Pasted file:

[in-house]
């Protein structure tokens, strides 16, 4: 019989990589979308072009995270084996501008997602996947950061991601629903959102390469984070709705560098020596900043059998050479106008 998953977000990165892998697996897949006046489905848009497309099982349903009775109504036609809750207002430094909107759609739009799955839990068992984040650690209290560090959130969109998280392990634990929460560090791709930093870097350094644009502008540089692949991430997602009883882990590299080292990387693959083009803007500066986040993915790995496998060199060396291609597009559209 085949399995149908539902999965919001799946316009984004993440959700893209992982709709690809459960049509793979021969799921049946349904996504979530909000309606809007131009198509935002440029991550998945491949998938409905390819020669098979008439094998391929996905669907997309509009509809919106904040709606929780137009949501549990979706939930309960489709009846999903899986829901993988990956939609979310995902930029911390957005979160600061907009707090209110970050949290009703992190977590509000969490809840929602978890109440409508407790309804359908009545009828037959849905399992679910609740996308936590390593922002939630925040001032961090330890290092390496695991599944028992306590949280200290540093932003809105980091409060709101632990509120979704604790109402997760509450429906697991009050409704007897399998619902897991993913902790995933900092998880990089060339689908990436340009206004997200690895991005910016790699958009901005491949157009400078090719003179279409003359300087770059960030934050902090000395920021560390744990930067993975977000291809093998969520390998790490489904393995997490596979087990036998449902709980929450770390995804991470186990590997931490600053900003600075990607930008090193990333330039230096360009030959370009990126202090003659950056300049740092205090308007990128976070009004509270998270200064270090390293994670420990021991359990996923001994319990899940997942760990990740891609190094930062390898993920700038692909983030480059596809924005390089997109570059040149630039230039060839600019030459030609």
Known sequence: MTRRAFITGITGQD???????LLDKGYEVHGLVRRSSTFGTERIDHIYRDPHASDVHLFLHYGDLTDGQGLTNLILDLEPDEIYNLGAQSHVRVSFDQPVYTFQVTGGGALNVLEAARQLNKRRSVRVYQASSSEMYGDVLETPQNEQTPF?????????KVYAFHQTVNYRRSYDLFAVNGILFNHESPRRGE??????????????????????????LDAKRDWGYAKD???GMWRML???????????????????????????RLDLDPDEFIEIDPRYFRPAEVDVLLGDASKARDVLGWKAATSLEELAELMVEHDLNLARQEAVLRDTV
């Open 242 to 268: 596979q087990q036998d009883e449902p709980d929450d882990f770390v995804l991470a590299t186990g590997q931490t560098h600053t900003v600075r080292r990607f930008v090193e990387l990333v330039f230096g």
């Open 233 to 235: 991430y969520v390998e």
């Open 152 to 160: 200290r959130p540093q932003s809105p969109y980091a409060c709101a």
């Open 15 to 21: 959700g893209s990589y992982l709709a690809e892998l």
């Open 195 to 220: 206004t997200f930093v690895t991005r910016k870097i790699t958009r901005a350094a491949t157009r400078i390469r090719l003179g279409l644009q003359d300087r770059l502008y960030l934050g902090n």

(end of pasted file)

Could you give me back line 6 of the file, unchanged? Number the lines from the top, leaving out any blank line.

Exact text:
């Open 152 to 160: 200290r959130p540093q932003s809105p969109y980091a409060c709101a």